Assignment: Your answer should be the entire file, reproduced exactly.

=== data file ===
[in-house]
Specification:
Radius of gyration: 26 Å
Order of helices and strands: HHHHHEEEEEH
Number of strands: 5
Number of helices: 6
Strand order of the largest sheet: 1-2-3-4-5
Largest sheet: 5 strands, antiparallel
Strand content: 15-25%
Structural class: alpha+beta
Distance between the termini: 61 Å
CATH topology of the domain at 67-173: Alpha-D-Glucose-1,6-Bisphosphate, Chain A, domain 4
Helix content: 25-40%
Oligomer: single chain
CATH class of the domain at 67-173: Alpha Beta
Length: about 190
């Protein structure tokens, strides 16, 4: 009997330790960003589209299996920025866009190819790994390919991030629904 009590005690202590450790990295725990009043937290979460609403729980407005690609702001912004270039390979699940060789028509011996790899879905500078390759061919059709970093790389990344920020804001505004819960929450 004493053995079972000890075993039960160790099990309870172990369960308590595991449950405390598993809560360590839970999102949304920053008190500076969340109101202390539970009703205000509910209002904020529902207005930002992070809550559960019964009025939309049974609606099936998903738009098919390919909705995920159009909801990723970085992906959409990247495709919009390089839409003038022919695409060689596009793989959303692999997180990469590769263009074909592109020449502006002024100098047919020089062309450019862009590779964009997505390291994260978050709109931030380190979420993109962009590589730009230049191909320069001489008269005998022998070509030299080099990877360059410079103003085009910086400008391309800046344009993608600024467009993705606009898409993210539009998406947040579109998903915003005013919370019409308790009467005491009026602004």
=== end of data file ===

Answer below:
[in-house]
Specification:
Radius of gyration: 26 Å
Order of helices and strands: HHHHHEEEEEH
Number of strands: 5
Number of helices: 6
Strand order of the largest sheet: 1-2-3-4-5
Largest sheet: 5 strands, antiparallel
Strand content: 15-25%
Structural class: alpha+beta
Distance between the termini: 61 Å
CATH topology of the domain at 67-173: Alpha-D-Glucose-1,6-Bisphosphate, Chain A, domain 4
Helix content: 25-40%
Oligomer: single chain
CATH class of the domain at 67-173: Alpha Beta
Length: about 190
């Protein structure tokens, strides 16, 4: 009997330790960003589209299996920025866009190819790994390919991030629904 009590005690202590450790990295725990009043937290979460609403729980407005690609702001912004270039390979699940060789028509011996790899879905500078390759061919059709970093790389990344920020804001505004819960929450 004493053995079972000890075993039960160790099990309870172990369960308590595991449950405390598993809560360590839970999102949304920053008190500076969340109101202390539970009703205000509910209002904020529902207005930002992070809550559960019964009025939309049974609606099936998903738009098919390919909705995920159009909801990723970085992906959409990247495709919009390089839409003038022919695409060689596009793989959303692999997180990469590769263009074909592109020449502006002024100098047919020089062309450019862009590779964009997505390291994260978050709109931030380190979420993109962009590589730009230049191909320069001489008269005998022998070509030299080099990877360059410079103003085009910086400008391309800046344009993608600024467009993705606009898409993210539009998406947040579109998903915003005013919370019409308790009467005491009026602004």